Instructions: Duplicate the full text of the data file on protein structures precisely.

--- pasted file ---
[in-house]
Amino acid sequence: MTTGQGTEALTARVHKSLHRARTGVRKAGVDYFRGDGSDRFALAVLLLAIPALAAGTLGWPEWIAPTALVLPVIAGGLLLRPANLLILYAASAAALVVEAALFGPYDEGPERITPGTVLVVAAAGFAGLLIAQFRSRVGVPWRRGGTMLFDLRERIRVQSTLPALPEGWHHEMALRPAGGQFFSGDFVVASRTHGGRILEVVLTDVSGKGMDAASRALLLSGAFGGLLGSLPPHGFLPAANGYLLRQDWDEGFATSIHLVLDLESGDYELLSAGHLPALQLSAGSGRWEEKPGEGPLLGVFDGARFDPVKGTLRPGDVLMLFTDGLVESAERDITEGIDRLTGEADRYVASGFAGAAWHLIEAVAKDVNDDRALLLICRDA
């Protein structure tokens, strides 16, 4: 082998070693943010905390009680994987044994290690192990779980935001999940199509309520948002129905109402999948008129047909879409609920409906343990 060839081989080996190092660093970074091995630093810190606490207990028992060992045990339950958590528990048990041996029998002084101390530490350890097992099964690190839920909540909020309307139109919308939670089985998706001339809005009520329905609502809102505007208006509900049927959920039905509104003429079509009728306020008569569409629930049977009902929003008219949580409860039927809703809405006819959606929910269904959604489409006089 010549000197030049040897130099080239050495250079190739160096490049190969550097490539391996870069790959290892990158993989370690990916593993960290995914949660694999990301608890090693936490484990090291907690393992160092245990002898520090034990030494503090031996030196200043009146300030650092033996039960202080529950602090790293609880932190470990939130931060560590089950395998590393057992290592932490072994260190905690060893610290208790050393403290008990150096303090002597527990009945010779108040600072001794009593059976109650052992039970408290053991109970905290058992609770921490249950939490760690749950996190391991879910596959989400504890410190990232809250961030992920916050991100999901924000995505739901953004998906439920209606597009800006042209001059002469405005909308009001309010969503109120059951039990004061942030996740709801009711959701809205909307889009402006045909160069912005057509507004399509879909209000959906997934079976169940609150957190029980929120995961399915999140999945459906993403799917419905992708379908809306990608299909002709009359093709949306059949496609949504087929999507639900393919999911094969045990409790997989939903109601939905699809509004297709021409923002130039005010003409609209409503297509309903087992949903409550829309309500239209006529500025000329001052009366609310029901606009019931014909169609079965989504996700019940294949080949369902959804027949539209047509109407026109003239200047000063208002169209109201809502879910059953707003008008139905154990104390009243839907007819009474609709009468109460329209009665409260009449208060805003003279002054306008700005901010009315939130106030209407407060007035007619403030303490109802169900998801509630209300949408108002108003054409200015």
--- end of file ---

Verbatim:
[in-house]
Amino acid sequence: MTTGQGTEALTARVHKSLHRARTGVRKAGVDYFRGDGSDRFALAVLLLAIPALAAGTLGWPEWIAPTALVLPVIAGGLLLRPANLLILYAASAAALVVEAALFGPYDEGPERITPGTVLVVAAAGFAGLLIAQFRSRVGVPWRRGGTMLFDLRERIRVQSTLPALPEGWHHEMALRPAGGQFFSGDFVVASRTHGGRILEVVLTDVSGKGMDAASRALLLSGAFGGLLGSLPPHGFLPAANGYLLRQDWDEGFATSIHLVLDLESGDYELLSAGHLPALQLSAGSGRWEEKPGEGPLLGVFDGARFDPVKGTLRPGDVLMLFTDGLVESAERDITEGIDRLTGEADRYVASGFAGAAWHLIEAVAKDVNDDRALLLICRDA
């Protein structure tokens, strides 16, 4: 082998070693943010905390009680994987044994290690192990779980935001999940199509309520948002129905109402999948008129047909879409609920409906343990 060839081989080996190092660093970074091995630093810190606490207990028992060992045990339950958590528990048990041996029998002084101390530490350890097992099964690190839920909540909020309307139109919308939670089985998706001339809005009520329905609502809102505007208006509900049927959920039905509104003429079509009728306020008569569409629930049977009902929003008219949580409860039927809703809405006819959606929910269904959604489409006089 010549000197030049040897130099080239050495250079190739160096490049190969550097490539391996870069790959290892990158993989370690990916593993960290995914949660694999990301608890090693936490484990090291907690393992160092245990002898520090034990030494503090031996030196200043009146300030650092033996039960202080529950602090790293609880932190470990939130931060560590089950395998590393057992290592932490072994260190905690060893610290208790050393403290008990150096303090002597527990009945010779108040600072001794009593059976109650052992039970408290053991109970905290058992609770921490249950939490760690749950996190391991879910596959989400504890410190990232809250961030992920916050991100999901924000995505739901953004998906439920209606597009800006042209001059002469405005909308009001309010969503109120059951039990004061942030996740709801009711959701809205909307889009402006045909160069912005057509507004399509879909209000959906997934079976169940609150957190029980929120995961399915999140999945459906993403799917419905992708379908809306990608299909002709009359093709949306059949496609949504087929999507639900393919999911094969045990409790997989939903109601939905699809509004297709021409923002130039005010003409609209409503297509309903087992949903409550829309309500239209006529500025000329001052009366609310029901606009019931014909169609079965989504996700019940294949080949369902959804027949539209047509109407026109003239200047000063208002169209109201809502879910059953707003008008139905154990104390009243839907007819009474609709009468109460329209009665409260009449208060805003003279002054306008700005901010009315939130106030209407407060007035007619403030303490109802169900998801509630209300949408108002108003054409200015």